Mansoor Shueai Al Awfi, Mohammed Amood Al-Kamarany, Mohammed Abdo Abkar

International Journal of TROPICAL DISEASE & Health, Page 1-6
DOI: 10.9734/IJTDH/2016/29780

Background: Hepatitis viruses cause problems at almost all the stages of chronic renal failure (CRF). Most of hepatitis B virus (HBV) infected patients live in developing countries with infections rate varying from country to country.

Objective: This study aimed to find prevalence of HBV in renal failure pre- dialysis patients in renal dialysis center of Hodiedah city, Yemen.

Methods: Demographic data of 278 patients was collected retrospectively for four years and eight months from January 2011 to September 2015. All patients were examined for hepatitis B surface antigen (HBsAg) using one-step cassette device. Positive samples were confirmed by enzyme linked immunosorbent assay (ELISA). Demographic data of patients was recorded namely sex, age, education, accommodation and working.

Results: Out of 278 patients, 10 cases (3.60%) were found having HBV infection. Out of 10 positive patients, 7 cases (4.14%) were males and 3 cases (2.75%) were female. Prevalence of HBV was found in the 41- 60 age group (4.39 %) followed by 21-40 age group (3.85%). HBV was detected in 6 cases (4.72%) of 127 urban residence patients and in 4 cases (2.65%) of 151 rural residence patients. Prevalence of HBV was showed similar among educated and non-educated subjects (5 cases for each). There was a main distribution of positive cases in non-working population (10/252=3.97%) as compared to working population (0/26=0.00%).

Conclusion: HBV was detected in few CRF predialytic patients namely 3.60%. Screening of HBV in CRF predialytic patients is an effective strategy taken to ensure containment of hospital acquired infection (HAI) by isolation of patients in certain machines.

Open Access Original Research Article

Seizures Scenario in a Tertiary Care Teaching Hospital in Odisha, India- A Retrospective Study

Arpit Kumar Shrivastava, Bala Chandra Sekhar Pappala, Subrat Kumar, Venkata Naga Vara Prasad Seeram, Madhusmita Sahu, Shubhransu Patro, Priyadarshi Soumyaranjan Sahu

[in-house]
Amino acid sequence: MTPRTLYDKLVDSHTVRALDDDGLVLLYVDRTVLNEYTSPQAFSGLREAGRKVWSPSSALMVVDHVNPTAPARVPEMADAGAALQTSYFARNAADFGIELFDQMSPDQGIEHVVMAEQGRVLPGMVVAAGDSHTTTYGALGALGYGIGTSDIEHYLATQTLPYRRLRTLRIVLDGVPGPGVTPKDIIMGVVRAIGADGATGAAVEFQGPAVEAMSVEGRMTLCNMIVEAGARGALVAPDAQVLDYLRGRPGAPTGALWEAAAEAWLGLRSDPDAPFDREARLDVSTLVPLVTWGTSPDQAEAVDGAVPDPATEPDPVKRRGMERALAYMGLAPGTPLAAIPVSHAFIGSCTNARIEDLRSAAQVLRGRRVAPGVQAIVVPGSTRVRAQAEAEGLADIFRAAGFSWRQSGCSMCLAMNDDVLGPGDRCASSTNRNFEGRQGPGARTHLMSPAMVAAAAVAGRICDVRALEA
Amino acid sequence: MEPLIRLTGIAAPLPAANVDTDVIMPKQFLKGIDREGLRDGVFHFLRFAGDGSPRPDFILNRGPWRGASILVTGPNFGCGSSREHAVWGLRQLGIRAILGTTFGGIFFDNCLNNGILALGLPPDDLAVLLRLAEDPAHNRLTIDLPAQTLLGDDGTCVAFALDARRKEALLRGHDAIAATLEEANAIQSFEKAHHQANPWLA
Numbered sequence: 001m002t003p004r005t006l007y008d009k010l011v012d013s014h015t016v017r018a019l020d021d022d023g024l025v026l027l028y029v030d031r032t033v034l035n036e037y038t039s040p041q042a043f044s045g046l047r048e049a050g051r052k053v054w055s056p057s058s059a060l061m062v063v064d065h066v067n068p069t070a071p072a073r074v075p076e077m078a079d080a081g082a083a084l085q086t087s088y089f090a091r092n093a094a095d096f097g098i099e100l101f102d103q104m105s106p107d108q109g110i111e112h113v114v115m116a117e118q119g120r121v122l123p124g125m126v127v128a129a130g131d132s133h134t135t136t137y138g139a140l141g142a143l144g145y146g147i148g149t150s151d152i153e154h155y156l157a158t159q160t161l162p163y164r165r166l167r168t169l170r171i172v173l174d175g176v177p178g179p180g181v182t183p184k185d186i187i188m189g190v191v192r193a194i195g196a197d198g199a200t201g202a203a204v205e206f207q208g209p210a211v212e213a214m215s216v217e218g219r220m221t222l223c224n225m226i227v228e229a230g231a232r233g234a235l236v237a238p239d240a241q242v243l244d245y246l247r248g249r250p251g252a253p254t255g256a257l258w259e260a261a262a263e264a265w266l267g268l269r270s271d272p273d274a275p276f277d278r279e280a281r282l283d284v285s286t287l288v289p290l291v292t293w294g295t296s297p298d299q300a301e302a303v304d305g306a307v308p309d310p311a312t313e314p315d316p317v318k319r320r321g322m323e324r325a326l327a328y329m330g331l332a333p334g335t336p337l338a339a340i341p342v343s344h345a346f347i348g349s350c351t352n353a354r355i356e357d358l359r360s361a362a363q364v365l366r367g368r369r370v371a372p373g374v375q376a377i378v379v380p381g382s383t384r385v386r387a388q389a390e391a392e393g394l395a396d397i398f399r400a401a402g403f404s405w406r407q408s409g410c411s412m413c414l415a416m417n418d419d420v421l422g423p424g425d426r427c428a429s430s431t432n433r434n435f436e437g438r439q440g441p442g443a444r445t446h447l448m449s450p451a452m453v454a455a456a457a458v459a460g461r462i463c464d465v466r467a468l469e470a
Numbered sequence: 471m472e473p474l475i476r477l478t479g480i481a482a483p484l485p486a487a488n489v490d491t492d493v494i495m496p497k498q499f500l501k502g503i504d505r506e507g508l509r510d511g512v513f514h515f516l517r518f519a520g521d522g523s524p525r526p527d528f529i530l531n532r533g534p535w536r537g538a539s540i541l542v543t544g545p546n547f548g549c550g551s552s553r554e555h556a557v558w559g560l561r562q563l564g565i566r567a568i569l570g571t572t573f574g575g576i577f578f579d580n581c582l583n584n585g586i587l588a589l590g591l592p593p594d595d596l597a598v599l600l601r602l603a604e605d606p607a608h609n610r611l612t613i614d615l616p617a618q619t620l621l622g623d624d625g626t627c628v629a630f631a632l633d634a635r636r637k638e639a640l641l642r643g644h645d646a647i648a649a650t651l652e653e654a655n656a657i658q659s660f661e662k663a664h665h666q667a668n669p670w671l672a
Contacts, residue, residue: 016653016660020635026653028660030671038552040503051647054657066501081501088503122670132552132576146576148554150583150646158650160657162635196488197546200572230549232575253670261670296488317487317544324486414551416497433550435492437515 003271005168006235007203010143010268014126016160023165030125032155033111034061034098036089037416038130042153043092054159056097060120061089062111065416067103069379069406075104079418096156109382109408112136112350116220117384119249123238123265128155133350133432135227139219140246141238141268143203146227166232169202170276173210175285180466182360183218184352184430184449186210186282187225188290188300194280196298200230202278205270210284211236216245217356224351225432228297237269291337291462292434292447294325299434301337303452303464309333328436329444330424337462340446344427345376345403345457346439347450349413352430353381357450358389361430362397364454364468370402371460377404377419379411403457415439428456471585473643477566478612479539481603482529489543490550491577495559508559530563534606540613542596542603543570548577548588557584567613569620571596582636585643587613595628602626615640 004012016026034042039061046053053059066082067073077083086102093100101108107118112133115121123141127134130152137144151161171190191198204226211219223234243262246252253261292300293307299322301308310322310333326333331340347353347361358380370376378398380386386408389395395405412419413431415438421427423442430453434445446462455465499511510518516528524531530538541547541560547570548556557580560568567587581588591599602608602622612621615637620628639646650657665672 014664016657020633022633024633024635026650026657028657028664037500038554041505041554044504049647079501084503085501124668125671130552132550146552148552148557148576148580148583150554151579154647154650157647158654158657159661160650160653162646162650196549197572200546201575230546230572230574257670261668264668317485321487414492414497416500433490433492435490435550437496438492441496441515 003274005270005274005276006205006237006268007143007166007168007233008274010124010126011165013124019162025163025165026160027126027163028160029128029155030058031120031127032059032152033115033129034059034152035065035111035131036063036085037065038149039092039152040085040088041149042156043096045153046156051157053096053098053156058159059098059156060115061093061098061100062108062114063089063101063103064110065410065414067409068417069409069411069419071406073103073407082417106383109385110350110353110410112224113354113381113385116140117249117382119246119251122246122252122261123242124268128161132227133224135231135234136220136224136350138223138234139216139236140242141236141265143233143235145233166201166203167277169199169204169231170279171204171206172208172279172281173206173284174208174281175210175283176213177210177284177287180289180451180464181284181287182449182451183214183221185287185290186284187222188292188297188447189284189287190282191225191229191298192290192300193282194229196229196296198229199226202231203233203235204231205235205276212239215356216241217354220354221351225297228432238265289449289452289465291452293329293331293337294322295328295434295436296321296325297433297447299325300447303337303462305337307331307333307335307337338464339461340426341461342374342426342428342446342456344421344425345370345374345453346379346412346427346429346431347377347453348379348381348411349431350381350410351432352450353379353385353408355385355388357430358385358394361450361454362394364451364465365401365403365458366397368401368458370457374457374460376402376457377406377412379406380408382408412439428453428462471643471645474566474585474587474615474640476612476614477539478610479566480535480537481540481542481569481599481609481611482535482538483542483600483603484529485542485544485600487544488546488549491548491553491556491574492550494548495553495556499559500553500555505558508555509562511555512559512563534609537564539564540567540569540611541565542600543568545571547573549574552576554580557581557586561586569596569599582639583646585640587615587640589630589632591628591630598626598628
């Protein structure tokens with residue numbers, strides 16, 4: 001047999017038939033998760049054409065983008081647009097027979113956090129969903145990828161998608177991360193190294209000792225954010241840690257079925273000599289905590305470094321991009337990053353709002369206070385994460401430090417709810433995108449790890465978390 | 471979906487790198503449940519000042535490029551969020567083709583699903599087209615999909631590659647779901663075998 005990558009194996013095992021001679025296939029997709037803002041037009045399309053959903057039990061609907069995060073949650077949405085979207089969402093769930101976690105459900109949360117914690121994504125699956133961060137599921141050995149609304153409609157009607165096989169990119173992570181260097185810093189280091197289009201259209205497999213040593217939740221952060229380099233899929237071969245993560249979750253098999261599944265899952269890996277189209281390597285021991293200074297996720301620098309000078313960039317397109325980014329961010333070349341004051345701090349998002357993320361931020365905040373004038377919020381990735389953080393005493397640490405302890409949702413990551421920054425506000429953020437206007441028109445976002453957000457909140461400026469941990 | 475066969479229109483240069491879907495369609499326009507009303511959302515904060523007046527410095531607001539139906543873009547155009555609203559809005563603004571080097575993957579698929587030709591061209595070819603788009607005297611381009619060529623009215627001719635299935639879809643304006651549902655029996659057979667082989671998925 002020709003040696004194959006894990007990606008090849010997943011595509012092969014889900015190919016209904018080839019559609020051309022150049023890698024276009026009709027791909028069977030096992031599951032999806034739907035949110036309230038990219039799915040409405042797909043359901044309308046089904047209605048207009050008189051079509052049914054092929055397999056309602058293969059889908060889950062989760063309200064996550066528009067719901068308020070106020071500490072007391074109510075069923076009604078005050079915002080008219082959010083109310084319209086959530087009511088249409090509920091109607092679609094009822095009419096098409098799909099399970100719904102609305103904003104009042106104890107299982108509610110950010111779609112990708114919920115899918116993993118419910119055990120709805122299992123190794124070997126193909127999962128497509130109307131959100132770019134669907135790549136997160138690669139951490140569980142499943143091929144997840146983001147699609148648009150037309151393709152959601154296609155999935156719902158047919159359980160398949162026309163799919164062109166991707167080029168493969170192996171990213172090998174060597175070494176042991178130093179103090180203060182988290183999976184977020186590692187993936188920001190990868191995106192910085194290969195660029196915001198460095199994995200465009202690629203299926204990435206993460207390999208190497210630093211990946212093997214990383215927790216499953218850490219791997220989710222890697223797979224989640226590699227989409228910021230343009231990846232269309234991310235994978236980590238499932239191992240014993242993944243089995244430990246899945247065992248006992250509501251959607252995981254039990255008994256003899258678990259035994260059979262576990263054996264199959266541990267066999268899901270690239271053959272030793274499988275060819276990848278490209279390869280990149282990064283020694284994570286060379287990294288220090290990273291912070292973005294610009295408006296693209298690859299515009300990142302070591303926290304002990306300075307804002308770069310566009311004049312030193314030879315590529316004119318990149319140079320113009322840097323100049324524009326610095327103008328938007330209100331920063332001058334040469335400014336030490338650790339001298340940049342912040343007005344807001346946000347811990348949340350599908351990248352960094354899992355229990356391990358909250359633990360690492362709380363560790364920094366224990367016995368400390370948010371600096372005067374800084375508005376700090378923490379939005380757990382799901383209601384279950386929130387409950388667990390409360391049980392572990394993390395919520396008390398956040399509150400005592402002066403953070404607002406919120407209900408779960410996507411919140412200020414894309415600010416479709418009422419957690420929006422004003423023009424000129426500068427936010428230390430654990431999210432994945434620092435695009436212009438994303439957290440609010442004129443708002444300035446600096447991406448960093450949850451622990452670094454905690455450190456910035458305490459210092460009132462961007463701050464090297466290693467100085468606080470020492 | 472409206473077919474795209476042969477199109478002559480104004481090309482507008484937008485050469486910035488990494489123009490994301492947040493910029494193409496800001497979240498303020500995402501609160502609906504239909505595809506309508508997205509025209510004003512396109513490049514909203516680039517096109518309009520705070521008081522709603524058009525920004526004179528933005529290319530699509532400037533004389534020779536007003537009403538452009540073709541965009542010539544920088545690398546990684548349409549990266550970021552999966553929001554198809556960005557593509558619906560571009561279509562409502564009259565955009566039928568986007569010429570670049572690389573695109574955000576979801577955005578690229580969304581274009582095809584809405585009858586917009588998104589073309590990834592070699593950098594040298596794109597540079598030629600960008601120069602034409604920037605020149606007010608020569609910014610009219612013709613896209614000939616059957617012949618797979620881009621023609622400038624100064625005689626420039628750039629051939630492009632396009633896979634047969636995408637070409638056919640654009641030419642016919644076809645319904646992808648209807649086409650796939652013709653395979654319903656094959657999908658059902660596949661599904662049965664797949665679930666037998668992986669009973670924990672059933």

International Journal of TROPICAL DISEASE & Health, Page 1-10
DOI: 10.9734/IJTDH/2016/29394

Purpose: Seizures being one of the major causes of morbidity and mortality in many developing countries still the etiological profile is less documented in many regions. This retrospective study aimed to understand regionally identified etiologies of seizure in Odisha, an eastern coastal province of India.

Methods: Data was retrieved from medical records of seizure patients those who were admitted during between August 2012 to December 2014 in a university teaching hospital. Information about demographics, clinical presentations, imaging studies, and diagnoses were extracted manually from each of the case sheets for analysis.

Results: A total of 519 cases of seizures were admitted in various wards during the above period; a majority were male (63.2%). Presentation was more afebrile (62.04%) than febrile (37.96%), where either forms were predominantly found in children over adults (p= <0.05). Among cases with afebrile seizures, the recorded leading causes were hypertensive neuropathy (4.98%), metabolic encephalopathy (3.42%), viral encephalopathy (3.1%), neurocyticercosis (2.8%), and status epilepticus (6.21%). Among cases with febrile seizures, the major etiology was due to an infection (23.35%) where respiratory tract infection was the most common form.

Conclusion: This is the first ever report where etiological profile of febrile and afebrile forms of seizures are identified in Odisha where seizure is a continuing problem. Scenario at one hospital might be the tip of iceberg that tempts to explore the base by either prospective or record based multi-center studies to find more accurate regional burdens of seizure and its causes.